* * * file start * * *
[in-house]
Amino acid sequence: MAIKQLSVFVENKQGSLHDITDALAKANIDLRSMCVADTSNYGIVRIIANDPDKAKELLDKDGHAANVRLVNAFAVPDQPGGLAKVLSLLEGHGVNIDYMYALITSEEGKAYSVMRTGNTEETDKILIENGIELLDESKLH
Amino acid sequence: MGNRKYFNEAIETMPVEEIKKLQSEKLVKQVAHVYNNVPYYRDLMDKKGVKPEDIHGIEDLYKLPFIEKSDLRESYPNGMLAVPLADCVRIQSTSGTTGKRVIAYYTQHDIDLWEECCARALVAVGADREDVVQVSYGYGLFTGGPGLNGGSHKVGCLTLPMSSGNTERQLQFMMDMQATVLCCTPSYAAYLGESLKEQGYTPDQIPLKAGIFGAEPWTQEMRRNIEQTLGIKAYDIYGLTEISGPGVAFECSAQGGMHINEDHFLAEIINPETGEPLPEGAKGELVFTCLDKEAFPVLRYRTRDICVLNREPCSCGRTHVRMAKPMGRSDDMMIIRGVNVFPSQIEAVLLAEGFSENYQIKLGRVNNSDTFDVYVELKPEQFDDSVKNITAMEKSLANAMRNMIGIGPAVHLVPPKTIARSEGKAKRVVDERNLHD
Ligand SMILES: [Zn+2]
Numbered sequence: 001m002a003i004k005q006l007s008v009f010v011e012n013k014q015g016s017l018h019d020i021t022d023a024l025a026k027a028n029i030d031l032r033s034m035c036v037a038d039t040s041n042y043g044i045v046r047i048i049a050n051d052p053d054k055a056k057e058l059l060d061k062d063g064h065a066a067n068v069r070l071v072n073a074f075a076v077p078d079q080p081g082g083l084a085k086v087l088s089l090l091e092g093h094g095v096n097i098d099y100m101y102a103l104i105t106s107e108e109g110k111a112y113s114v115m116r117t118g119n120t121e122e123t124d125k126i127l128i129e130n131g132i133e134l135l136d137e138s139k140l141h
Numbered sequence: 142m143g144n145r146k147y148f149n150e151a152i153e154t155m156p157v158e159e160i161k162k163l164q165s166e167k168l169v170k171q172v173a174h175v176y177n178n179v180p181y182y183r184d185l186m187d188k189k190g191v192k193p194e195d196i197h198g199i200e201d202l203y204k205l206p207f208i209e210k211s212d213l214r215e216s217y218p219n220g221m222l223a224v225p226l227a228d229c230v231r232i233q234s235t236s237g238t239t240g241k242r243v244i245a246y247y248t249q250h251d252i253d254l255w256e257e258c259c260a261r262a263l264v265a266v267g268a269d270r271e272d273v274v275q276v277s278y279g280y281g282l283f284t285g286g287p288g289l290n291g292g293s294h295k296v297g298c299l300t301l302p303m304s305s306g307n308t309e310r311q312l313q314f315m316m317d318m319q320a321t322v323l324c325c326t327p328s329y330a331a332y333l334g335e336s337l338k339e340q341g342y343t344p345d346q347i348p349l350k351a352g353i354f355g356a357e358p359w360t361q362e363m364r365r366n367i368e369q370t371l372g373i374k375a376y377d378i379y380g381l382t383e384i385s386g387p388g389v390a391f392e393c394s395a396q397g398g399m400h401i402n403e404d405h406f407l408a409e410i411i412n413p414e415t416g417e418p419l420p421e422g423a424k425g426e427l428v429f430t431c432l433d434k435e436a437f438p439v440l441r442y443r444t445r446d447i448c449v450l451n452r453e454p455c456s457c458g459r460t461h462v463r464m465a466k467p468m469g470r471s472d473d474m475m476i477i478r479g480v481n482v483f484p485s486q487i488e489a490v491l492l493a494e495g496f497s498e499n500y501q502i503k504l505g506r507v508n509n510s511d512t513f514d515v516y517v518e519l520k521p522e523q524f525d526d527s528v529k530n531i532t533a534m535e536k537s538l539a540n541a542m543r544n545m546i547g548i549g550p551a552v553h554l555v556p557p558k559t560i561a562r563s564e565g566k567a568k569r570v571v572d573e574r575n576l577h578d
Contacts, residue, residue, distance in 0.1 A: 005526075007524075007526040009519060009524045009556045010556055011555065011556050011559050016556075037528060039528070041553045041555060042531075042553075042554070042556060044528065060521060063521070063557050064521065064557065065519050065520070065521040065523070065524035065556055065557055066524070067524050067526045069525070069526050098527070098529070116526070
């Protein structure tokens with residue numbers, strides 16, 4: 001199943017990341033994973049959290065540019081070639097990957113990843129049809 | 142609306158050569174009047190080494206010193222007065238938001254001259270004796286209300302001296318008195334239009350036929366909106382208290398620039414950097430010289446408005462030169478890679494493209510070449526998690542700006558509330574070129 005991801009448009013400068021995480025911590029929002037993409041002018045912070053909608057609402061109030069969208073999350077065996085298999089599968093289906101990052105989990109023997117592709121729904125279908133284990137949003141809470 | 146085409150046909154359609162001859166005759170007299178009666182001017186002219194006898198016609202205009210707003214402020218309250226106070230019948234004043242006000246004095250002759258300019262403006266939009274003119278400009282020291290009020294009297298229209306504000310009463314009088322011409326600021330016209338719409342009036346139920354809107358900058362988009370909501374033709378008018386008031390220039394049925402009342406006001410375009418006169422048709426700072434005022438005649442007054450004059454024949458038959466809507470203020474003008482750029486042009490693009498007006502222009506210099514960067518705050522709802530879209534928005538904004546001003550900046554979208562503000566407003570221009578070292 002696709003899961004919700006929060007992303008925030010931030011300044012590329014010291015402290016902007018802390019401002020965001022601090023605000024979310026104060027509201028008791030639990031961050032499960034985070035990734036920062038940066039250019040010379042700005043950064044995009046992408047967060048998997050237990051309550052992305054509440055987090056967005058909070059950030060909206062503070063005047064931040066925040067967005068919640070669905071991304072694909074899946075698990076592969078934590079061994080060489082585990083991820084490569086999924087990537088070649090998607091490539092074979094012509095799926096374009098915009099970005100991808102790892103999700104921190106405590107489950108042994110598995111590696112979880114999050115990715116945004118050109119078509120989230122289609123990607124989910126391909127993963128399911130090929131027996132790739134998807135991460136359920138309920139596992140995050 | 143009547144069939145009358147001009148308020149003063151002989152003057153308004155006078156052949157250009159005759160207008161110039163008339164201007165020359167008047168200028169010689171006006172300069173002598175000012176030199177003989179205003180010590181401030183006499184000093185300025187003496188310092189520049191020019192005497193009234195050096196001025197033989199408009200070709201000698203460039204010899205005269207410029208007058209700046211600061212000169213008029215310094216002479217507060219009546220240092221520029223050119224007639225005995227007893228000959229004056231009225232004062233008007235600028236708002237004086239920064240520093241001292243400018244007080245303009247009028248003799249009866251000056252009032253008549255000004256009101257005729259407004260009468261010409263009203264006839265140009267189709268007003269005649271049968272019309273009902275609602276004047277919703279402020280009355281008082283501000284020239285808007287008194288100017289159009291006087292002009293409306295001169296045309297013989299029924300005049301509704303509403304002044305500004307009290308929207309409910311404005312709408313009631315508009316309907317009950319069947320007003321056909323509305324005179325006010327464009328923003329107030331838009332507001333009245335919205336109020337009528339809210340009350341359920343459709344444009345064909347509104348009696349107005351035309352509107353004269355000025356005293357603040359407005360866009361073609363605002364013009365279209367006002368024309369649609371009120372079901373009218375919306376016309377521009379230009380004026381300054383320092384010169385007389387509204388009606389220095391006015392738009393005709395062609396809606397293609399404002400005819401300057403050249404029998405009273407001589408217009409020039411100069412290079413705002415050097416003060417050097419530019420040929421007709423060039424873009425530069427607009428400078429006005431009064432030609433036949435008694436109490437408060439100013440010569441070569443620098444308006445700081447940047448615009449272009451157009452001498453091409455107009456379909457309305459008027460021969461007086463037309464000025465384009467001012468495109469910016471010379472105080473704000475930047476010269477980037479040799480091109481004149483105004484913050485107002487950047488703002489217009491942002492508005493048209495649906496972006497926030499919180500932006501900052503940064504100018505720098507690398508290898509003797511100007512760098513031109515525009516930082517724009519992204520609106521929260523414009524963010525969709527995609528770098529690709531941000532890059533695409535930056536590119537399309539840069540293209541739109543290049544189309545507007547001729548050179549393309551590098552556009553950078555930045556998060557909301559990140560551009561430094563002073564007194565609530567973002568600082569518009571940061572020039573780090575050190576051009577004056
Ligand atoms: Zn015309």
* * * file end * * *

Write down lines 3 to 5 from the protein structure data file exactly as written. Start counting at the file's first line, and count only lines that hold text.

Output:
Amino acid sequence: MGNRKYFNEAIETMPVEEIKKLQSEKLVKQVAHVYNNVPYYRDLMDKKGVKPEDIHGIEDLYKLPFIEKSDLRESYPNGMLAVPLADCVRIQSTSGTTGKRVIAYYTQHDIDLWEECCARALVAVGADREDVVQVSYGYGLFTGGPGLNGGSHKVGCLTLPMSSGNTERQLQFMMDMQATVLCCTPSYAAYLGESLKEQGYTPDQIPLKAGIFGAEPWTQEMRRNIEQTLGIKAYDIYGLTEISGPGVAFECSAQGGMHINEDHFLAEIINPETGEPLPEGAKGELVFTCLDKEAFPVLRYRTRDICVLNREPCSCGRTHVRMAKPMGRSDDMMIIRGVNVFPSQIEAVLLAEGFSENYQIKLGRVNNSDTFDVYVELKPEQFDDSVKNITAMEKSLANAMRNMIGIGPAVHLVPPKTIARSEGKAKRVVDERNLHD
Ligand SMILES: [Zn+2]
Numbered sequence: 001m002a003i004k005q006l007s008v009f010v011e012n013k014q015g016s017l018h019d020i021t022d023a024l025a026k027a028n029i030d031l032r033s034m035c036v037a038d039t040s041n042y043g044i045v046r047i048i049a050n051d052p053d054k055a056k057e058l059l060d061k062d063g064h065a066a067n068v069r070l071v072n073a074f075a076v077p078d079q080p081g082g083l084a085k086v087l088s089l090l091e092g093h094g095v096n097i098d099y100m101y102a103l104i105t106s107e108e109g110k111a112y113s114v115m116r117t118g119n120t121e122e123t124d125k126i127l128i129e130n131g132i133e134l135l136d137e138s139k140l141h